While her mother continued working on her "Little House" series, Rose used her mother's stories for her own works of fiction, as well. She wrote Let the Hurricane Roar in 1933 and Free Land in 1938. She also wrote about her childhood years in Mansfield in Old Home Town. In 1938, Rose moved to New York, and Laura and Almanzo returned to their farmhouse. Rose then moved to Danbury, Connecticut, where she became heavily involved in politics, as she wrote about in The Discovery of Freedom. (Read the book here.) In 1943, Rose met Roger Lea MacBride, teenage son of one of her editors. Roger admired Rose, and she taught the young boy much about her political beliefs over the years. Roger called Rose "Grandma" and later became her attorney and heir.

In 1957, Laura Ingalls Wilder died. Rose worked with Mansfield resident Irene Lichty to preserve Rocky Ridge as a memorial to her mother. She published her mother's diary as On the Way Home , the last book she would ever help her mother write.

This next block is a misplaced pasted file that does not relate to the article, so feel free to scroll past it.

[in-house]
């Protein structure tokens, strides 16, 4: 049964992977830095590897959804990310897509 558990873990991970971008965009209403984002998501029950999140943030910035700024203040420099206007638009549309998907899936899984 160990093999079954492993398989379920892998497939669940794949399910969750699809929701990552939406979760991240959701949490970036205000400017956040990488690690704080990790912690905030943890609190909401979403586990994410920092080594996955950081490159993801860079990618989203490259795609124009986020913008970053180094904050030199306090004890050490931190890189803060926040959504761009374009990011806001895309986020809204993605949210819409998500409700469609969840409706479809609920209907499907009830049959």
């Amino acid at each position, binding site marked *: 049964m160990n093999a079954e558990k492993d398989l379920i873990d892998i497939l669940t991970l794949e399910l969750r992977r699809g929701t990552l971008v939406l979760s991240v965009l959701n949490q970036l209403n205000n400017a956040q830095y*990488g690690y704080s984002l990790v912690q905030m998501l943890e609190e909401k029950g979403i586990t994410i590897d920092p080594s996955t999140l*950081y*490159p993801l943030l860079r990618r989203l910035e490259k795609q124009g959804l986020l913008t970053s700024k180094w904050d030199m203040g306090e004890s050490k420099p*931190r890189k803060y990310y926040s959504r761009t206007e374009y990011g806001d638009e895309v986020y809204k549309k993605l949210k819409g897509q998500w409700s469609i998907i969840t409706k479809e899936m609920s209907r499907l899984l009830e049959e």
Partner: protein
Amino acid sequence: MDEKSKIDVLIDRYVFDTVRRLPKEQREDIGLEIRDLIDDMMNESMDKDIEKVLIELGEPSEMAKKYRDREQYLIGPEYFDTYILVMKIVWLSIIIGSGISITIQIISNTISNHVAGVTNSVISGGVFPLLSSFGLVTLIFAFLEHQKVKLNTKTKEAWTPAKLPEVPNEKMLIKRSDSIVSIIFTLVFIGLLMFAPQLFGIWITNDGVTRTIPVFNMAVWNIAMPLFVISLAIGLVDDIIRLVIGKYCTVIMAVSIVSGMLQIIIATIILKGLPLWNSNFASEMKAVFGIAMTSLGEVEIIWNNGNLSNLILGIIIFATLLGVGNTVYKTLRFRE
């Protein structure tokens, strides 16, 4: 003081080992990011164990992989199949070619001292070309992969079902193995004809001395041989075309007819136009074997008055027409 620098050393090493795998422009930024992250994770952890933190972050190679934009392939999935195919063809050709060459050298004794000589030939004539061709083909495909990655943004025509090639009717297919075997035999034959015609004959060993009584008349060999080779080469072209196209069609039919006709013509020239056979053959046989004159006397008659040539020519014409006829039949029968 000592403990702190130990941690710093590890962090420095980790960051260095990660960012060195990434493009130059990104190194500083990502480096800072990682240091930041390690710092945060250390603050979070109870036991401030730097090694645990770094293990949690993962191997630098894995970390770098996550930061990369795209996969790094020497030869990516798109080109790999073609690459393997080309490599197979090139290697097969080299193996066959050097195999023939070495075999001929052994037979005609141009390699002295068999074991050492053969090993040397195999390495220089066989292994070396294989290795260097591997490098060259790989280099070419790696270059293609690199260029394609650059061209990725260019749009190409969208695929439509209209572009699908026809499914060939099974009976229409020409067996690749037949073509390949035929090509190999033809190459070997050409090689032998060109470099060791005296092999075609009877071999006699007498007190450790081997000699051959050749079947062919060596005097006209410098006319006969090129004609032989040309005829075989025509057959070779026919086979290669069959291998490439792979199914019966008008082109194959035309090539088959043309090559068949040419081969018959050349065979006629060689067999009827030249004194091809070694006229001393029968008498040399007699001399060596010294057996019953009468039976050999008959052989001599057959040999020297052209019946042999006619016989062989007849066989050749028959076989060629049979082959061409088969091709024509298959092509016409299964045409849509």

In 1965, Rose went to VietNam as a war correspondent. She planned yet another trip to Europe for November 1968, but it was a trip she was never to take. Rose died on October 30, 1968. She was buried in Mansfield, Missouri.

Some of Rose's books have recently been republished and are available for purchase at the Frontier Girl Mercantile. Also, HarperCollins Publishers has released a spin-off series to the "Little House" books based on Rose's childhood in Missouri. The titles in this series are: Little House on Rocky Ridge, Little Farm in the Ozarks, In the Land of the Big Red Apple, On the Other Side of the Hill, Little Town in the Ozarks, New Dawn on Rocky Ridge, On the Banks of the Bayou, and Bachelor Girl.

Laura Ingalls Wilder, Frontier Girl

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Rebecca Brammer & Phil Greetham